John McAfee, anti-virus software founder, current US presidential candidate, and one-time murder suspect, recently announced his involvement with a company called MGT Capital Investments. Just before McAfee announced joining the company on May 9th, MGT stock was worth just 36 cents (£0.24). The stock price has since skyrocketed to as high as $5.38 (£3.68). That’s a 1394 per cent increase, boosting the company’s valuation by about $74 million (£50.6 million). Hmmm.
Yesterday, the stock plummeted. But it’s still much more valuable than it was a few weeks ago.
According to a press release last week, McAfee joined MGT as “Executive Chairman and Chief Executive Officer.” A report from Bloomberg today offers new details on what, exactly, the company does—as it turns out, that’s changed several times. MGT in 2007 said it was focused on “health-care information technology.” By 2012, it had switched to “acquiring intellectual property for online gaming platforms,” and now is focused on “acquiring, developing and monetising intellectual property assets.”
To that end, MGT says it purchased technology and assets from spyware maker D-Vasive Inc. MGT, which operates a number of mobile and online gaming sites and owns stakes in DraftDay.com, a daily fantasy sport-betting platform, plans to change its name to John McAfee Global Technologies Inc., according to a statement on May 9.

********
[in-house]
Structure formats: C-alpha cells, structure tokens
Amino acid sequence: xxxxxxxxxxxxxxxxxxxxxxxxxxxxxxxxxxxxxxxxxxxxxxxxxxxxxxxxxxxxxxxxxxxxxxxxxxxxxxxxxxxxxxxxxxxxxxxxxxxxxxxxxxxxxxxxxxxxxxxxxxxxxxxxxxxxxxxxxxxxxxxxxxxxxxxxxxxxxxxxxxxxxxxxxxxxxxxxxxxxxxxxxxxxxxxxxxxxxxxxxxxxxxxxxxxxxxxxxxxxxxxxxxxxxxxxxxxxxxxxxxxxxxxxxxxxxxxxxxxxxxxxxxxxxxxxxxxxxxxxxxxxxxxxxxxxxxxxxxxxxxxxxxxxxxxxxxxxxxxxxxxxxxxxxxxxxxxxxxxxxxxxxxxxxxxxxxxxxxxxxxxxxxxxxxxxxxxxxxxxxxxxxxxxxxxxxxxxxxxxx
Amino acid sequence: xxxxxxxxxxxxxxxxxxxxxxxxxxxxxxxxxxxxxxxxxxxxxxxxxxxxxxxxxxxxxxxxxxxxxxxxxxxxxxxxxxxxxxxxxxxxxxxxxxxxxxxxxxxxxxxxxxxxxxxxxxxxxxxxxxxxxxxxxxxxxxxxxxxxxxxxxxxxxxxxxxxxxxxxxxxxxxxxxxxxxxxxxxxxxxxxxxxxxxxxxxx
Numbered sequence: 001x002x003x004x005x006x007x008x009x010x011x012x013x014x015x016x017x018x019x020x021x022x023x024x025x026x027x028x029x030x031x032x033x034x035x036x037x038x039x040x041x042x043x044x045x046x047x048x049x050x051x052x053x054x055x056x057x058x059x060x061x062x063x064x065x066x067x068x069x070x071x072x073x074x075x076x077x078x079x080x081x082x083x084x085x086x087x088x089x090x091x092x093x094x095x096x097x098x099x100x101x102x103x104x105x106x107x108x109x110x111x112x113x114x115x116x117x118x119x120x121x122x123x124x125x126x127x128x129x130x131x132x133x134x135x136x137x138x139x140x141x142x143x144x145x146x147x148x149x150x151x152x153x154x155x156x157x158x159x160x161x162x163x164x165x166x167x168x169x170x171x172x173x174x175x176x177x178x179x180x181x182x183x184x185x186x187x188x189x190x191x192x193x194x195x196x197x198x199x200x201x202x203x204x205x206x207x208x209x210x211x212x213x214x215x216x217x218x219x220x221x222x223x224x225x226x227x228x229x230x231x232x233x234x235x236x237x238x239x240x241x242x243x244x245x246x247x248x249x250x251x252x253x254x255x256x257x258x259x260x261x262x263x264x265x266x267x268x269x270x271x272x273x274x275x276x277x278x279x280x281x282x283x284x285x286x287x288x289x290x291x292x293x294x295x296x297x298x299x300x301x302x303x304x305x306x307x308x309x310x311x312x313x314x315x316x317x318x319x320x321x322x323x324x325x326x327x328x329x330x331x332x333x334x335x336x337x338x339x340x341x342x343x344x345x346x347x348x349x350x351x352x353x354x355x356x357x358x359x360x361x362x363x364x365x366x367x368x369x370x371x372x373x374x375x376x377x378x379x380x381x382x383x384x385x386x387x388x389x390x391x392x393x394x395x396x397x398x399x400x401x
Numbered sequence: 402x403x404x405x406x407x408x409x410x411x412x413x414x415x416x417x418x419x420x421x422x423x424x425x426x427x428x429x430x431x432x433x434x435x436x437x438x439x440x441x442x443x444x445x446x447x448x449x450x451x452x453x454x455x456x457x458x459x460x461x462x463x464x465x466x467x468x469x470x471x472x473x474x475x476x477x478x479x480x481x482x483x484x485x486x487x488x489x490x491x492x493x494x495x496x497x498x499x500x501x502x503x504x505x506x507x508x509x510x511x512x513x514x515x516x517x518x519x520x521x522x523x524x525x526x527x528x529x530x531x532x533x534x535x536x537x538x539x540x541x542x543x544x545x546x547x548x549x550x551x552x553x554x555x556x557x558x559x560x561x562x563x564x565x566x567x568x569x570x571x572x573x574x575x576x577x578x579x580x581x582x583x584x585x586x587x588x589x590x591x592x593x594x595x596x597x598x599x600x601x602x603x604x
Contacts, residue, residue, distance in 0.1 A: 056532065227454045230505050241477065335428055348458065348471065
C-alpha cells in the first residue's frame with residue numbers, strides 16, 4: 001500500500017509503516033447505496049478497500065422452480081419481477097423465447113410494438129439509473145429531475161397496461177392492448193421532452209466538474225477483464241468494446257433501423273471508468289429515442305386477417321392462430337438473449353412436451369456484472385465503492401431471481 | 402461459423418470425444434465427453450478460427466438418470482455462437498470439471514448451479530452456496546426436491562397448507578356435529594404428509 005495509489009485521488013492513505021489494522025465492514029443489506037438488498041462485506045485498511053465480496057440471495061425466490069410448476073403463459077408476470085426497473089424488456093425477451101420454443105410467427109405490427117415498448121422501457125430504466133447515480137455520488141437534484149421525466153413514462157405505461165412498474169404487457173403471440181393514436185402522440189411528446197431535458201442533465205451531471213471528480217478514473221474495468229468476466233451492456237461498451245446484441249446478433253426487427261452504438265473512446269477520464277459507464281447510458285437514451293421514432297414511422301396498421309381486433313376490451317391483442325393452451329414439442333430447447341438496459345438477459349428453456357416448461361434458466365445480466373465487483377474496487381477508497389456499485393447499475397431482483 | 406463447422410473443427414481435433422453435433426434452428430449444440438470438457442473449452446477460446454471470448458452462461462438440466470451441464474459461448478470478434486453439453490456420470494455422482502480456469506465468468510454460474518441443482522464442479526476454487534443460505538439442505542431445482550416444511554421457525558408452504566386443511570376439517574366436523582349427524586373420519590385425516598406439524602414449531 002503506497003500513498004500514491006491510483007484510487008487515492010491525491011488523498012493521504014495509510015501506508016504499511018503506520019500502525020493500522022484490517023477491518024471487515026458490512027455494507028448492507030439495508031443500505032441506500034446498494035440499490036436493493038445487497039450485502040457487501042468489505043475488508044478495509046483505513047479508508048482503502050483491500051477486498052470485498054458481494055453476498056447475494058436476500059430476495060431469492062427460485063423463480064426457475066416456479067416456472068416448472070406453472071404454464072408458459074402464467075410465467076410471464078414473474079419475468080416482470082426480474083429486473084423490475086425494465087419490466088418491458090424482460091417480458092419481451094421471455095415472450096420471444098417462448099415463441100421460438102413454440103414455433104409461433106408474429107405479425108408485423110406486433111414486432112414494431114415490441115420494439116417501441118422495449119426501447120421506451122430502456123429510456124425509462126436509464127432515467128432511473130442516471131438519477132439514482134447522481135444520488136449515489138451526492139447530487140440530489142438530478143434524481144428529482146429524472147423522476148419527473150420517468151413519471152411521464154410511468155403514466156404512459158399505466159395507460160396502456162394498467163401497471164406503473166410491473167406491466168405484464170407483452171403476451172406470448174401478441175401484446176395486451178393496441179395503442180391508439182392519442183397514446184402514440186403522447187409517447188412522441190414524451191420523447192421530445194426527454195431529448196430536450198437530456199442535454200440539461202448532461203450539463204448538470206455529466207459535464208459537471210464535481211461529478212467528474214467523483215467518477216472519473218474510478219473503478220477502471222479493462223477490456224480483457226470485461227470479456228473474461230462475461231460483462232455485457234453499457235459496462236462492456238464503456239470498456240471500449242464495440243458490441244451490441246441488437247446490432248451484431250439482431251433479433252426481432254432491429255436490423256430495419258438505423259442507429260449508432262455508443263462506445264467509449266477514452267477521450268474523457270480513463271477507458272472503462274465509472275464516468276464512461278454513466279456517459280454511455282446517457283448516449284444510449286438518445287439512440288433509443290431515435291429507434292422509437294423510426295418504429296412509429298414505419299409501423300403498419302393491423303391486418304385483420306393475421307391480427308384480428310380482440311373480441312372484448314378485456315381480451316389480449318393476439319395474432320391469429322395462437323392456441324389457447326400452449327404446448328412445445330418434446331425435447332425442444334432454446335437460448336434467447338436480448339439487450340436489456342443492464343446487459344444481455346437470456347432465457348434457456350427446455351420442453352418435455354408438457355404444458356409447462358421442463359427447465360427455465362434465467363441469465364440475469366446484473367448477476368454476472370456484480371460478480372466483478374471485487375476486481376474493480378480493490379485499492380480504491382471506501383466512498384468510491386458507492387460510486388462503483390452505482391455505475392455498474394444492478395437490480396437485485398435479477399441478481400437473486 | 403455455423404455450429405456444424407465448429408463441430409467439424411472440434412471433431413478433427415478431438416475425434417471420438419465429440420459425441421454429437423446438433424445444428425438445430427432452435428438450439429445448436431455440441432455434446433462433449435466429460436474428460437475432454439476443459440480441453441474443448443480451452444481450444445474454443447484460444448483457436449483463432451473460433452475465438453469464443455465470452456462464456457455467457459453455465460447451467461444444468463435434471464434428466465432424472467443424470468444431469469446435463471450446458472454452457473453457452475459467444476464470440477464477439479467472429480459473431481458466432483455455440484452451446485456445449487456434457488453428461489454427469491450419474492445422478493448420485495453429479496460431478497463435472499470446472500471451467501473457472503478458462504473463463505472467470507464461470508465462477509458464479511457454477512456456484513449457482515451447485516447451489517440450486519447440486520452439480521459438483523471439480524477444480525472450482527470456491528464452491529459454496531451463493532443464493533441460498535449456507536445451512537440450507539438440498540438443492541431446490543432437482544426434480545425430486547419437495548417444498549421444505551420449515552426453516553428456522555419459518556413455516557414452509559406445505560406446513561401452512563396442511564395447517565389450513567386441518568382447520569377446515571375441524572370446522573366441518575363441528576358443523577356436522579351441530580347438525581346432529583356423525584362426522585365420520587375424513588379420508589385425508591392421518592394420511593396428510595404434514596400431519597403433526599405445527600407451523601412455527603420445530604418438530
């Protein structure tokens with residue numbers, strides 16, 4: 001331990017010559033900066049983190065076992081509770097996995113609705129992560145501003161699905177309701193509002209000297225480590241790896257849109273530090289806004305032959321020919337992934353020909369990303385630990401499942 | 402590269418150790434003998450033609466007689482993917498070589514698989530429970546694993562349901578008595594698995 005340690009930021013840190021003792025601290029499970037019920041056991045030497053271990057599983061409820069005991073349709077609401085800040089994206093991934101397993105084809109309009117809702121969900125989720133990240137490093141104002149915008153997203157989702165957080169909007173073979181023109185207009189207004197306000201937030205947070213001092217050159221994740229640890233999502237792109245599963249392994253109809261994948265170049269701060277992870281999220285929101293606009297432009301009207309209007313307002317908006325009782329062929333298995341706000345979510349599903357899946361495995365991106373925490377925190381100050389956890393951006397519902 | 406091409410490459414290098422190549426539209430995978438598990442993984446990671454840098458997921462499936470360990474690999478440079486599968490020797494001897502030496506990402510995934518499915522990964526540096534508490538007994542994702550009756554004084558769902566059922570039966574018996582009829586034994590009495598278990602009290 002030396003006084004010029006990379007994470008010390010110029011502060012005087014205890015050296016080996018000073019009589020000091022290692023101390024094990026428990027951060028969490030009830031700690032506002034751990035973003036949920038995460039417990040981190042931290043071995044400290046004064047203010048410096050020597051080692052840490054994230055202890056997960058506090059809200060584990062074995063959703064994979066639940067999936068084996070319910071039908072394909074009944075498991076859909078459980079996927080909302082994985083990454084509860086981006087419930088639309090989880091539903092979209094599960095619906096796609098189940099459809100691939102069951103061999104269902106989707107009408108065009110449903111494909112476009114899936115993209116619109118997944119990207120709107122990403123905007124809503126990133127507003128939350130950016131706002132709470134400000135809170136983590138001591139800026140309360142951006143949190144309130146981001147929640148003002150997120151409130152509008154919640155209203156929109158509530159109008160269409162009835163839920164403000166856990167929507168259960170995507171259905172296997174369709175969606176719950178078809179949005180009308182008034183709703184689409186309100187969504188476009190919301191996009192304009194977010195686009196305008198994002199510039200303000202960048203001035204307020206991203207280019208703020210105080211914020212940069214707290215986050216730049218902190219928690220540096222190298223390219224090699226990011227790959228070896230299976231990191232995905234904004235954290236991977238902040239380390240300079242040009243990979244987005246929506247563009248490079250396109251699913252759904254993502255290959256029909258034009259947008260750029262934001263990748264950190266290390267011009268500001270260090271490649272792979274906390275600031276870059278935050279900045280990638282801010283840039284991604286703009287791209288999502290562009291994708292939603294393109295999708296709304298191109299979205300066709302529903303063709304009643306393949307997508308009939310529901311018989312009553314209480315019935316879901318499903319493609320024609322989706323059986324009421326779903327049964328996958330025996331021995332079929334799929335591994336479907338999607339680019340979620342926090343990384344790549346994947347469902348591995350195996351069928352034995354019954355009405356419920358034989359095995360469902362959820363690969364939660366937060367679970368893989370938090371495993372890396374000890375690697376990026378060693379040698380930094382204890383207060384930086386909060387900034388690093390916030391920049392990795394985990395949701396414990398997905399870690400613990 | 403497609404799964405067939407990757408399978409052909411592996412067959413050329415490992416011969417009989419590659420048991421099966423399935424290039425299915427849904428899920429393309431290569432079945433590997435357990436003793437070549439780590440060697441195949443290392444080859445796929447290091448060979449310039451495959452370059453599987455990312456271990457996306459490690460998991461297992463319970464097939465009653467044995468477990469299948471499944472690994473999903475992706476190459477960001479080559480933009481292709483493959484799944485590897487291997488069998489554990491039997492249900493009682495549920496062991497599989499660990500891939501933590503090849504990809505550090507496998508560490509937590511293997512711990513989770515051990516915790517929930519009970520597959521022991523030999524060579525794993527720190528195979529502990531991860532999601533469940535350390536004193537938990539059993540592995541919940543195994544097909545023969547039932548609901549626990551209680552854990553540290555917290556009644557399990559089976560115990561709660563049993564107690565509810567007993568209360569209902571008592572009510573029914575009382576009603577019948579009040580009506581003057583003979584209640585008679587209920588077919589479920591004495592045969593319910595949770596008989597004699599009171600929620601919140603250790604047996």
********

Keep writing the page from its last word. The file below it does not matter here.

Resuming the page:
According to a public SEC filing, McAfee also has a consulting arrangement with MGT Capital—he’s the “Consultant” cited in the following excerpt. The “Management Consulting Agreement” states that if the stock price of MGT Capital “is equal to or greater than $1.00 (£0.68) for each of ten consecutive trading days on the NYSE MKT exchange, then Consultant shall be entitled to receive a cash bonus in the amount of $250,000 (£171,077).” The deal gets even sweeter: If the stock price “is equal to or greater than $2.00(£1.36)” for ten consecutive trading days, McAfee gets an additional $350,000 (£239,522) cash bonus, all to be paid within 30 days.
That’s a pretty hefty chunk of change for ten days of work.
And according to Michael Antonelli, an institutional equity sales trader, the stock surge shows how a press release can have drastic effects on a share price—even if it doesn’t last long. “In this day and age, it’s easier than ever for information like this to get around,” he told Bloomberg. “It really shows how crowds react to things in the very short term, whether they’re right or wrong.”